How the music industry is improving mental health support for artists of colour

By Stephanie Phillips

After years spent struggling to make a name for herself in electronic music as a Black female artist and producer, Karen Nyame KG finally hit a brick wall of racism and misogynoir. “It was always, ‘are you palatable enough for a wide audience?’ ‘How can we monetize this?’,” she says looking back on that time in her life. “It really took a toll on my self-esteem and self-confidence.”

Feeling like she couldn’t cope with the pressure any more, KG left the music industry for years, returning only in 2018. “I felt quite empty. I'm not even gonna lie; I felt like I had been pulled away from my purpose.” Her story mirrors that of so many artists of colour who struggle with their mental health in an industry that has also failed to account for its poor record on race. Research has shown that musicians are three times more likely to suffer from depression. Behind the scenes in the industry, Black, Asian, or minority ethnic people are underrepresented and make up just 19.9% of senior level executives according to a UK Music report. The combination of these two already problematic issues creates a unique host of difficulties for musicians of colour.

The myth of meritocracy can lead many musicians to view their inability to reach the next rung on the career ladder as a failure on their part. In reality, in an industry where you’re often expected to work for low wages (or no wage at all), where success generally relies on who you know, and where the artists that ‘make it’ often share the same background as the majority white, middle class industry execs, meritocracy isn’t the name of the game. For marginalised people, the belief in meritocracy can have a significant impact on an artist’s mental health. Glasgow-based experimental artist Kapil Seshasayee experienced exactly this after being consistently undermined and overlooked as a musician. “Poor mental health was certainly a thing for me for a while, and a lot of it stemmed from the myth of meritocracy that I forced on myself.”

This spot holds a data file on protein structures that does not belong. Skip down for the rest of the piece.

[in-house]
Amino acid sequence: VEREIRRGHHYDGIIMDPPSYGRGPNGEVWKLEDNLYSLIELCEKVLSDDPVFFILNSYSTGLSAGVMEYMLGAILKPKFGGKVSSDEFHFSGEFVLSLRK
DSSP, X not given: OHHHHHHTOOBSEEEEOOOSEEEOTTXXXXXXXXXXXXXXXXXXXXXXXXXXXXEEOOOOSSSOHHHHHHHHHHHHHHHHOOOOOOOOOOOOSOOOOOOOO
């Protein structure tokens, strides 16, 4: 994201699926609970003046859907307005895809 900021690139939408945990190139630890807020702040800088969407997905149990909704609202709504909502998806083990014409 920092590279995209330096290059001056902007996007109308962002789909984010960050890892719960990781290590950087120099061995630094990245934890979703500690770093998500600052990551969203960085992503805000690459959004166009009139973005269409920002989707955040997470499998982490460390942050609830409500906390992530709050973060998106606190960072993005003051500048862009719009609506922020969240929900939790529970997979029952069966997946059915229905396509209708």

His struggles with imposter syndrome felt more apparent when he couldn’t fit into the narrow stereotypes imposed upon him. “Just before I went to South by Southwest [the annual Austin, Texas-based music and culture festival] I had press in the Guardian, VICE, and Pitchfork, and I thought I was poised to get somebody to speak to me,” he says, recalling a trip to SXSW that resulted in little to no industry attention for Seshasayee despite his previous successes. “When you’re South Asian, you’re supposed to play certain kinds of music like world music, quote-unquote, or you’re a bedroom producer. If you're like, ‘I make punky guitar music’, it's like, ‘Oh, well, you don't fall into that aesthetic stereotype’.”

As well as the daily microaggressions experienced in the industry, many artists at the early stages of their career already struggle with mental health problems often due to factors such as having an insecure income, and are offered little support to meet their particular needs. This is then exacerbated in an industry known for its exploitation. Several artists have spoken out about how young, inexperienced musicians can find themselves trapped in complex contracts, or given large advances with no financial help and little resources to guide them.

Natasha Hendry is a music psychologist working on a study of grime as a means of psychological and socio-economic agency. For Hendry, there is a simple reason explaining why the industry has taken so long to address these issues―money. “One of the big psychological pressures on musicians is that they're often seen as a product. That's why they are worked into the ground with no consideration for their mental health.”